With National Arbor Day upon us, Potomac Conservancy Board Member and long-time friend, G. Tracy Mehan, III signals an important trend as local stakeholders show growing acceptance for investing in both green and gray infrastructure to achieve source water protections.
Mehan reviews three publications on forests, natural infrastructure, and engineered solutions in the May/June 2014 edition of The Environmental Forum, published by the Environmental Law Institute (www.eli.org).
Backed by the latest findings, Mehan notes a marked change in attitude by local stakeholders, utility managers, and decision-makers toward natural infrastructure solutions, and the economic and environmental benefits of protecting and enhancing upstream forested landscapes. As Mehan points out, “…it makes environmental and economic sense to protect and manage these forests to produce downstream services – clean water.”
It is common for municipalities and water management facilities to turn to costly engineered solutions, known as ‘gray infrastructure’, as their primary means to improve water quality. Yet, upstream conservation practices have proven to be a least-cost and complementary option that produces significant water quality outcomes and provides additional benefits to hydrological flow, wildlife habitat, and carbon sequestration. Mehan confirms that a methodology that incorporates green solutions, “is preventative in nature which is less expensive than treatment after the fact.”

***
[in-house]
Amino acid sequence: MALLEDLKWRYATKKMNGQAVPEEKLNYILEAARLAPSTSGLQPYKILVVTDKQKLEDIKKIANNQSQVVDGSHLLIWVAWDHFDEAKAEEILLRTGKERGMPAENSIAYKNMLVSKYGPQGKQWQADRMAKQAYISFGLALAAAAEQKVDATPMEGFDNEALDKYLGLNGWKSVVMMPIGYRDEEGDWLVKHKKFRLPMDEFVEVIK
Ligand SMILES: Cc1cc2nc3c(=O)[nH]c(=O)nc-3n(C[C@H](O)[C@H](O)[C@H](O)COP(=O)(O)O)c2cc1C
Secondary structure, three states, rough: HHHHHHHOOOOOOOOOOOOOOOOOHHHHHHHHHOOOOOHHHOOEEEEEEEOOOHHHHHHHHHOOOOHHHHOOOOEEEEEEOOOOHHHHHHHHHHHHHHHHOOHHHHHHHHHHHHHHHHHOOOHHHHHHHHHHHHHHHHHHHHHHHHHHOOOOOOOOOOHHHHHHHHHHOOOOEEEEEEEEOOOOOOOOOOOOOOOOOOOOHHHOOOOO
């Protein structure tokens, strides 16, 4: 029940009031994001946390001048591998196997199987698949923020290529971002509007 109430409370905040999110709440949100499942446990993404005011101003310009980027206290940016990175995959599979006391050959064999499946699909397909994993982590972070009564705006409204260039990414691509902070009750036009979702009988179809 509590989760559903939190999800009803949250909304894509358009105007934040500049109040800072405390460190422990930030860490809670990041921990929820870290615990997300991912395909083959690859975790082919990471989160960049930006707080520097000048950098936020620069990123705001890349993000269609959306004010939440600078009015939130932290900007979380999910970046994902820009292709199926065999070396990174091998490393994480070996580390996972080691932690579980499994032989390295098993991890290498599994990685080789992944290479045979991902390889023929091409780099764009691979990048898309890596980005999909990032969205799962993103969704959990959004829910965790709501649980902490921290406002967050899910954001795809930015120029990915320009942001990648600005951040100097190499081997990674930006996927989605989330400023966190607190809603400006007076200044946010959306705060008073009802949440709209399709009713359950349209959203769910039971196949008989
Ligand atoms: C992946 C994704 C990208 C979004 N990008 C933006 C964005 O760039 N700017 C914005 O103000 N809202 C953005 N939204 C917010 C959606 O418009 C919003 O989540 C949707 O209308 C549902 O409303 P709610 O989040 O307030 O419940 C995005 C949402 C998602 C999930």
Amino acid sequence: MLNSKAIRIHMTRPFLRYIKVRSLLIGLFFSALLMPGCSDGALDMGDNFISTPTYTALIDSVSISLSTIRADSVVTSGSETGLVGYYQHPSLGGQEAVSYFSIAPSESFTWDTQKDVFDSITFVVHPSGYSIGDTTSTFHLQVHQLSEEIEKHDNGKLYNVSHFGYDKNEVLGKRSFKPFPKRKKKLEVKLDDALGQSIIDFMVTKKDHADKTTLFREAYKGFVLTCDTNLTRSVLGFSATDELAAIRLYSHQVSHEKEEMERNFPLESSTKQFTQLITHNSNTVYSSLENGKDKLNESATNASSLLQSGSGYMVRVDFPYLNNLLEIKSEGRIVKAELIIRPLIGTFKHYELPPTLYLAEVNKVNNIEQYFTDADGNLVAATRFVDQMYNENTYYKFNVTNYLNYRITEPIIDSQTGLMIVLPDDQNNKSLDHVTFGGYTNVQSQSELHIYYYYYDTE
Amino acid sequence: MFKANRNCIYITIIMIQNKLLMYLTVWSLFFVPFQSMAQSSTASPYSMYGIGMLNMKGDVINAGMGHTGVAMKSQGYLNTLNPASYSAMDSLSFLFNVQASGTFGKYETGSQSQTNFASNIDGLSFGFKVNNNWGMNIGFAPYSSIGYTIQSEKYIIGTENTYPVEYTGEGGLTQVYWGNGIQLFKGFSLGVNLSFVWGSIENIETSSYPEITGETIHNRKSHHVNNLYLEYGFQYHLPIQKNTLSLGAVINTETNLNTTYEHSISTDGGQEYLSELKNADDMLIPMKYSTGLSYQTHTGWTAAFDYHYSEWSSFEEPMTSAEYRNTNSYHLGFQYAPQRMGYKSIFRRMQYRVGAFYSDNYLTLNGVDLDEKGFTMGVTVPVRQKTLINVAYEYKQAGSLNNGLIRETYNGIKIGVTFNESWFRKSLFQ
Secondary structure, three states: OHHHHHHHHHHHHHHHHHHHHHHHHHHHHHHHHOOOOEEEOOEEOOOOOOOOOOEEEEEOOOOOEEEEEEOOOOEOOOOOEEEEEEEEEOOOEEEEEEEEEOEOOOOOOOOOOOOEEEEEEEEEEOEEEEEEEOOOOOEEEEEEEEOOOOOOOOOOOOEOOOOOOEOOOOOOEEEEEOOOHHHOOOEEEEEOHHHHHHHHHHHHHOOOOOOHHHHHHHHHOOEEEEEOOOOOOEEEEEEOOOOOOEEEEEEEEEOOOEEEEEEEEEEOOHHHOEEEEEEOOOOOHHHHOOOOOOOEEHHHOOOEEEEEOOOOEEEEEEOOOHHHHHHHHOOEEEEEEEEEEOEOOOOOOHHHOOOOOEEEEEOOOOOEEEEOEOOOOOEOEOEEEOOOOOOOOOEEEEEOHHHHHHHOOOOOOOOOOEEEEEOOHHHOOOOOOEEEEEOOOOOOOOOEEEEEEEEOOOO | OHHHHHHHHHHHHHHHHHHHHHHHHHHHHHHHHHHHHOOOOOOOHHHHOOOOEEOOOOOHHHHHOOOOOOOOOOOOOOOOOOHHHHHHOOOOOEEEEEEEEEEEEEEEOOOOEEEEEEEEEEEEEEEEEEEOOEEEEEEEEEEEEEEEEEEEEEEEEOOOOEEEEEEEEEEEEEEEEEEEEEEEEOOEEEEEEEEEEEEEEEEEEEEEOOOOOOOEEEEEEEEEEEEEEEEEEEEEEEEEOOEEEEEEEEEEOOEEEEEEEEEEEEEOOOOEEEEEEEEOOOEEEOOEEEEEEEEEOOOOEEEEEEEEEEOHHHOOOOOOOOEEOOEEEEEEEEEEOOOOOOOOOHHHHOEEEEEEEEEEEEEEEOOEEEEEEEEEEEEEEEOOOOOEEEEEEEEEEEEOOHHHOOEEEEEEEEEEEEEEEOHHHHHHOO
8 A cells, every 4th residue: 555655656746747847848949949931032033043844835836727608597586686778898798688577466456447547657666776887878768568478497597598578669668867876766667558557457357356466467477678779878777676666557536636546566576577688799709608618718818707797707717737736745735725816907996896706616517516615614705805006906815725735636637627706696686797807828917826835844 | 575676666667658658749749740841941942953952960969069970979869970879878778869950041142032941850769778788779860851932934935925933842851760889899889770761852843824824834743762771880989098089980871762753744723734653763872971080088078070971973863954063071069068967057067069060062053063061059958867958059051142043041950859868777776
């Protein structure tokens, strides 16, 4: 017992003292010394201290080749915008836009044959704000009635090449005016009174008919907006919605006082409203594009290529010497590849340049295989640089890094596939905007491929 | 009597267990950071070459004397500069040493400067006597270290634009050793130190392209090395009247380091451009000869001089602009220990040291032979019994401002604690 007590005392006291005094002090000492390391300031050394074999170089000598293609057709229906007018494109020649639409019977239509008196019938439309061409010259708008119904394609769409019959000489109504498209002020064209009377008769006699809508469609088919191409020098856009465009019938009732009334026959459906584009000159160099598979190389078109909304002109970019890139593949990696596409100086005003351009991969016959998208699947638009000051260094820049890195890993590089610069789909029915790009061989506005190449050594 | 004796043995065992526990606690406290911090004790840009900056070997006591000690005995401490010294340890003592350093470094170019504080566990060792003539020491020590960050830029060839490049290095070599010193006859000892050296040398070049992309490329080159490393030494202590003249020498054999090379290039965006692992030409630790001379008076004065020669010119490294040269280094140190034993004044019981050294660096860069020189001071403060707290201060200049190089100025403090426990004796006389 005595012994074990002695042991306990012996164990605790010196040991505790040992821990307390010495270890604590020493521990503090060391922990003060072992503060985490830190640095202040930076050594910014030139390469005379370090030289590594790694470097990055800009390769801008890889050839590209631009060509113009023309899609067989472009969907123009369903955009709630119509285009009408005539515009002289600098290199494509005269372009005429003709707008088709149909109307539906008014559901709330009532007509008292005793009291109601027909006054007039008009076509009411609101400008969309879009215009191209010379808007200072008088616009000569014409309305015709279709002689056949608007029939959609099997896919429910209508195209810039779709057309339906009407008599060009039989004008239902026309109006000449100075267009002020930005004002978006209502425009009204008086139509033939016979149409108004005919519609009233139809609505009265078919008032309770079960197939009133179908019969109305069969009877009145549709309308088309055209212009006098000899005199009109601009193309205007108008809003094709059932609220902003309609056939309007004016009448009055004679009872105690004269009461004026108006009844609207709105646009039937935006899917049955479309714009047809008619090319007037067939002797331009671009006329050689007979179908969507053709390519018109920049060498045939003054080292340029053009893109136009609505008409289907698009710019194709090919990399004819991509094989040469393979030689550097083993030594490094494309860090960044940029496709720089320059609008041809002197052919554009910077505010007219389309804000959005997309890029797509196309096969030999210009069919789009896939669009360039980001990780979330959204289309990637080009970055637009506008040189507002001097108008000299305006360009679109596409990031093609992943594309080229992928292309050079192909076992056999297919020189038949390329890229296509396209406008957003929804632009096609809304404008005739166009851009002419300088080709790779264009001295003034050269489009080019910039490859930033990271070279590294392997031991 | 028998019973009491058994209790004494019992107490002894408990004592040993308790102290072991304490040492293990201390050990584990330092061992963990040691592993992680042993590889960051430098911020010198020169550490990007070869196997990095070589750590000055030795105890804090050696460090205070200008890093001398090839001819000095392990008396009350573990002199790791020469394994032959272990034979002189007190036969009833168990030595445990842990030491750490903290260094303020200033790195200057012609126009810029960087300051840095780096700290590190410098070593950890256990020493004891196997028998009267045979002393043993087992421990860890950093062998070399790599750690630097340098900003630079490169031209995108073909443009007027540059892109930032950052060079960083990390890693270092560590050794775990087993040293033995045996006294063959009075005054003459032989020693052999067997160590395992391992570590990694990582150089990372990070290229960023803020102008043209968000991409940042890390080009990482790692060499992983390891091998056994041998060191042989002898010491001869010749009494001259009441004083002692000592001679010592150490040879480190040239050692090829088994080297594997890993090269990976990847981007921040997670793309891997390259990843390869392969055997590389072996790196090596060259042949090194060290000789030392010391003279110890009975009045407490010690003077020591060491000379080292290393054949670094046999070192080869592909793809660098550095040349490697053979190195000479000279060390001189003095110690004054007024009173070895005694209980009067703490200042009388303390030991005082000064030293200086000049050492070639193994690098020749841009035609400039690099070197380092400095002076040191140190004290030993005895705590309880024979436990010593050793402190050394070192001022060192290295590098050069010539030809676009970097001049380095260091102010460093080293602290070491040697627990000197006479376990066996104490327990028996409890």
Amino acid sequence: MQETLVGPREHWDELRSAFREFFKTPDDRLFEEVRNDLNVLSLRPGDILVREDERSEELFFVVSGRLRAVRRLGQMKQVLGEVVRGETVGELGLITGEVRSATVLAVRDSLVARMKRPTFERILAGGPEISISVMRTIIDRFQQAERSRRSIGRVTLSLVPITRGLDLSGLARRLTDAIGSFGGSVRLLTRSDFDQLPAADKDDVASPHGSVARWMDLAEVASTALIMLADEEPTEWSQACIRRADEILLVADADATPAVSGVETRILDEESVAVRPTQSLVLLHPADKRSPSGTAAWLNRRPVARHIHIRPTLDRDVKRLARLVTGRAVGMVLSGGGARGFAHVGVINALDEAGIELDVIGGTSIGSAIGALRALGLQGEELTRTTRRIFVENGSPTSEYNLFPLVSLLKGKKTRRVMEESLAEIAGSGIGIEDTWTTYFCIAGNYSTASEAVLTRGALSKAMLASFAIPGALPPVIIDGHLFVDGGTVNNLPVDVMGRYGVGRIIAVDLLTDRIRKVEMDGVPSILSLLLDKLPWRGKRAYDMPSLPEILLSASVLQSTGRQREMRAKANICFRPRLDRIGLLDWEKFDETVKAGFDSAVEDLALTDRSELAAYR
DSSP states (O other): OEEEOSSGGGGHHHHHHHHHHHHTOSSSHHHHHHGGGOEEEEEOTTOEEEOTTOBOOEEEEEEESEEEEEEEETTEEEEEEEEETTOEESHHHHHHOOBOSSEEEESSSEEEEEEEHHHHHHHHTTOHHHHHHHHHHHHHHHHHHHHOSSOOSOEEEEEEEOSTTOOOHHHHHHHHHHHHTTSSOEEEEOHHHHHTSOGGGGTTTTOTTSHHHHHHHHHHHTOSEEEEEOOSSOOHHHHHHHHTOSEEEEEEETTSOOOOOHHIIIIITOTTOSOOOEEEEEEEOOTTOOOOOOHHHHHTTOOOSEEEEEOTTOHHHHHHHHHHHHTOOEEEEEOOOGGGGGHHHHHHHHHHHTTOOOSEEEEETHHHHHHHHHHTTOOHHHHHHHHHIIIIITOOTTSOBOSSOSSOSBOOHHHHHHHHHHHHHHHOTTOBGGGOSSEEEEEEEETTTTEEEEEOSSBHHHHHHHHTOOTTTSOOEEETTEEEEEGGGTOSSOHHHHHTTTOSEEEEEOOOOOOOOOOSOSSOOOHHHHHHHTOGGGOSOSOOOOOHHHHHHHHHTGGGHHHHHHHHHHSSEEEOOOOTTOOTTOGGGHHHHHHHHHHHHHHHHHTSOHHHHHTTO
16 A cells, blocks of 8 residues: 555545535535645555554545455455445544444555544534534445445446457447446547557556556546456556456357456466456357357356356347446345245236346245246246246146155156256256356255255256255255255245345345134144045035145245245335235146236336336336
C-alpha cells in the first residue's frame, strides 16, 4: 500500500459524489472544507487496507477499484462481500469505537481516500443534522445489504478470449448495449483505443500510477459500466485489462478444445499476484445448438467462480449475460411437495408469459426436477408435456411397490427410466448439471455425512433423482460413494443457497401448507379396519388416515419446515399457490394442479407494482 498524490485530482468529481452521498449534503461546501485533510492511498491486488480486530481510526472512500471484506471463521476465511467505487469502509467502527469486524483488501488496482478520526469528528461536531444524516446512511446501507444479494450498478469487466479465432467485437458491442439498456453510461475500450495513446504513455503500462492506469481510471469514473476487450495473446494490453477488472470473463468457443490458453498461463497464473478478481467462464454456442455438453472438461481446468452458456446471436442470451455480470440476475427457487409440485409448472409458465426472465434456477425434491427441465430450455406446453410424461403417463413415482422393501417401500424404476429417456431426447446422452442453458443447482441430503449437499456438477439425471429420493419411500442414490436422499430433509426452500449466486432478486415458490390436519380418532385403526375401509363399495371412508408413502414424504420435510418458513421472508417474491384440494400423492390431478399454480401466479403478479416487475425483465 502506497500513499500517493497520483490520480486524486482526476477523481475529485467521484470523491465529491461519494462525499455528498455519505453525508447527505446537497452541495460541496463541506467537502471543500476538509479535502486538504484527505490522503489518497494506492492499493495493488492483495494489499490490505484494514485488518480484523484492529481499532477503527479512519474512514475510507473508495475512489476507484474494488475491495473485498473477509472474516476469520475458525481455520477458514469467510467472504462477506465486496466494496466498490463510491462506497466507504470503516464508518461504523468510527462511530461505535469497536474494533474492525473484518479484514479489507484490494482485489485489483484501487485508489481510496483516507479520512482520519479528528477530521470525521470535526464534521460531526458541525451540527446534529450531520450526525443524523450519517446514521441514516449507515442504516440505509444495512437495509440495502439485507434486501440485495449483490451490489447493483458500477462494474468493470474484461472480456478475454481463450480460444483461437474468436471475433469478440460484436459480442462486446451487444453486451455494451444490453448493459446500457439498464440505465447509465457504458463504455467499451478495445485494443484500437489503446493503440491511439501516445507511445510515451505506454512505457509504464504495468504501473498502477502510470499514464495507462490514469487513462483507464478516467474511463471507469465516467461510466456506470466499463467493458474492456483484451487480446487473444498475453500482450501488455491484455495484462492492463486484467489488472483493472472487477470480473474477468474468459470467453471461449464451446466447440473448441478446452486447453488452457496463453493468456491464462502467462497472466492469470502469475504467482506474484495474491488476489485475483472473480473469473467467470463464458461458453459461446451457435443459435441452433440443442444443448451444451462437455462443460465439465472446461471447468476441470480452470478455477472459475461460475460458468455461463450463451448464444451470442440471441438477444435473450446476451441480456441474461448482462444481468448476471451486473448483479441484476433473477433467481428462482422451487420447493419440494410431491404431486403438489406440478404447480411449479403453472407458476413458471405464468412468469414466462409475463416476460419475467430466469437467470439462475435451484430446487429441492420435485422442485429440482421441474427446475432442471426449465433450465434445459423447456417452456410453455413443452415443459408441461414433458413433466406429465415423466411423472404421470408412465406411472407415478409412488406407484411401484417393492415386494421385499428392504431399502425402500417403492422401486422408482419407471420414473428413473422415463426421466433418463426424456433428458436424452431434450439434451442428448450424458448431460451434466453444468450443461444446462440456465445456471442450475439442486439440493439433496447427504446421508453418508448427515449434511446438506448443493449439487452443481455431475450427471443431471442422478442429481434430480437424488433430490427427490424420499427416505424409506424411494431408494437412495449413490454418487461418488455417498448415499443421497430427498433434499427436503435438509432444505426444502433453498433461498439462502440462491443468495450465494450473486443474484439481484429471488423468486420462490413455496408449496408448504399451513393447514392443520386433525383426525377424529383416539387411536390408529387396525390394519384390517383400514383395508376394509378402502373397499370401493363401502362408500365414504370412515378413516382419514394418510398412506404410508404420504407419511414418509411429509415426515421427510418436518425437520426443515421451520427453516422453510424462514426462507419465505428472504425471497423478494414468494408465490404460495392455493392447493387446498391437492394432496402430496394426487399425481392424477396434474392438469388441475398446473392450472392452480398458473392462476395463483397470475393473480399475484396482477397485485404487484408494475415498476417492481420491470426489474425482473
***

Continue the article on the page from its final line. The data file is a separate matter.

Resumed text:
Read Mehan’s full literature here, or click on the image in the top right.
G. Tracy Mehan, III is currently a Principal with The Cadmus Group, Inc., an environmental consulting firm with offices in Arlington, Virginia. Mehan is a member of the Water Environment Federation and the Environmental Law Institute. He also serves as an adjunct professor in environmental law at George Mason University Law School. Mehan has served as a member of Potomac Conservancy’s Board of Directors since 2006 and has been instrumental in helping advance the Conservancy’s strategic land conservation program.